Although traditionally accepted by the church down through the centuries, the longer ending of Mark's Gospel (16:9-20) has been relegated by modern scholarship to the status of a later appendage. The arguments for such a view are chiefly based upon the witness of the two earliest complete manuscripts of Mark, and upon matters of language and style. This work shows that these primary grounds of argumentation are inadequate. It is demonstrated that the church fathers knew the Markan ending from the very earliest days, well over two centuries before the earliest extant manuscripts. The quantity of unique terms in the ending is also seen to fall within the parameters exhibited by undisputed Markan passages. Strong indications of Markan authorship are found in the presence of specific linguistic constructions, a range of literary devices, and the continuation of various themes prominent within the body of the Gospel. Furthermore, the writings of Luke show that the Gospel of Mark known to this author contained the ending.Rather than being a later addition, the evidence is interpreted in terms of a textual omission occurring at a later stage in transmission, probably in Egypt during the second century.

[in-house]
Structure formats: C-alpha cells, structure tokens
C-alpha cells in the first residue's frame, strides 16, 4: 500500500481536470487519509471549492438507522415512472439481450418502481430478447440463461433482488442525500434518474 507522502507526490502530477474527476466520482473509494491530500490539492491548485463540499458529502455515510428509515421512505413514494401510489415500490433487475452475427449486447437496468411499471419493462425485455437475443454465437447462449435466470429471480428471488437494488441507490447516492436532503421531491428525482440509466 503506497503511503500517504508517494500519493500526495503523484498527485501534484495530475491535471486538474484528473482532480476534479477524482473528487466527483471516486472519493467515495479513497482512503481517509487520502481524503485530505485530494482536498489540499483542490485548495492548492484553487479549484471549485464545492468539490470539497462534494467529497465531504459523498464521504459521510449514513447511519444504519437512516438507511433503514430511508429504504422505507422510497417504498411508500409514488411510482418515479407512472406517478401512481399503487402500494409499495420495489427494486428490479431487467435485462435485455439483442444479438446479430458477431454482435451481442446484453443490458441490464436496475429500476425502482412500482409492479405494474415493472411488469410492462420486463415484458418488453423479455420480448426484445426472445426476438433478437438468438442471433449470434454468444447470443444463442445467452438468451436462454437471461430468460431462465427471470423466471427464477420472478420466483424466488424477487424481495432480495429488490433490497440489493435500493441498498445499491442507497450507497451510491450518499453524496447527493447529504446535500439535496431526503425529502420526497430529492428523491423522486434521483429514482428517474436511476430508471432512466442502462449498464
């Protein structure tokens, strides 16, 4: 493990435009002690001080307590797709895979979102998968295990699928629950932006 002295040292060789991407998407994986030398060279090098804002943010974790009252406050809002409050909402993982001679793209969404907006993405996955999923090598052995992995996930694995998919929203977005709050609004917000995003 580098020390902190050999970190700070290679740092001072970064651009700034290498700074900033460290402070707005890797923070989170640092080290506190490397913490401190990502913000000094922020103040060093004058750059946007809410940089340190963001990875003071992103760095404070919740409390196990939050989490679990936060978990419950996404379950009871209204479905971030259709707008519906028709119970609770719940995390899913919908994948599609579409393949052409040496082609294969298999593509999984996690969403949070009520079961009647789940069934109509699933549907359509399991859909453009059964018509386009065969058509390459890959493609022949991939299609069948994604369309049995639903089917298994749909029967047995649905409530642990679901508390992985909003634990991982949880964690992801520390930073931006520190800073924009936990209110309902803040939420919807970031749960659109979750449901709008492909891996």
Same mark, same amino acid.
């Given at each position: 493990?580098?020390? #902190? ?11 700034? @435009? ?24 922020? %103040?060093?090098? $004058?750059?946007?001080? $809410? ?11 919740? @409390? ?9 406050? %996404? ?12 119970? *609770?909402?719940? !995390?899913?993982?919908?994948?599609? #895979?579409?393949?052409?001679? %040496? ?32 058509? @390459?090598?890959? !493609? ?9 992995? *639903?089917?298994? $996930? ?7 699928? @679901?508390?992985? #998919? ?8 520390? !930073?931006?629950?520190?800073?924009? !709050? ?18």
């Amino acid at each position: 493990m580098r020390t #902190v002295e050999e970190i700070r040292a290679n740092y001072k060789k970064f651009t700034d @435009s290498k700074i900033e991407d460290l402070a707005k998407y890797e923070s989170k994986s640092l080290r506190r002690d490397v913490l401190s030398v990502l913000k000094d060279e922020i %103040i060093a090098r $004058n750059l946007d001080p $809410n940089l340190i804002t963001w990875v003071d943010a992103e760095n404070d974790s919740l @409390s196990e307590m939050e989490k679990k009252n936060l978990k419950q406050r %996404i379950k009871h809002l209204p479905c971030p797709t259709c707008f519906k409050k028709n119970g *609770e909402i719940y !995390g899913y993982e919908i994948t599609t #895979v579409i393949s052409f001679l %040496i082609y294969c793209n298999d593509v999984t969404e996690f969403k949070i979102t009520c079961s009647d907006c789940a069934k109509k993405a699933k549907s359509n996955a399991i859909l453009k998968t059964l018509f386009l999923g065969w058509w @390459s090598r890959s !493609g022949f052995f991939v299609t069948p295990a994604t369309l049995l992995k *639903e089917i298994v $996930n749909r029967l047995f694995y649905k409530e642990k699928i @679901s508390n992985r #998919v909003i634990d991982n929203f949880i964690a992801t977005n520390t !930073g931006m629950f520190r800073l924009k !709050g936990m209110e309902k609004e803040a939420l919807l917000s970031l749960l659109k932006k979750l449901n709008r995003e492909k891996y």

Nicholas Lunn is a Translation Consultant with Wycliffe Bible Translators UK, and an Associate Tutor at Spurgeon's College, London.
Preface Acknowledgements Abbreviations 1 Introduction 2 External Evidence (1): Biblical Manuscripts 3 External Evidence (2): Patristic Citations 4 Linguistic Evidence (1): Vocabulary and Style 5 Linguistic Evidence (2): Other Features 6 Literary Evidence 7 Thematic Evidence 8 The Longer Ending and the Gospels: The Question of Dependence 9 Miscellaneous Issues 10 The Cause of the Problem 11 Summary and Conclusion Bibliography Author Index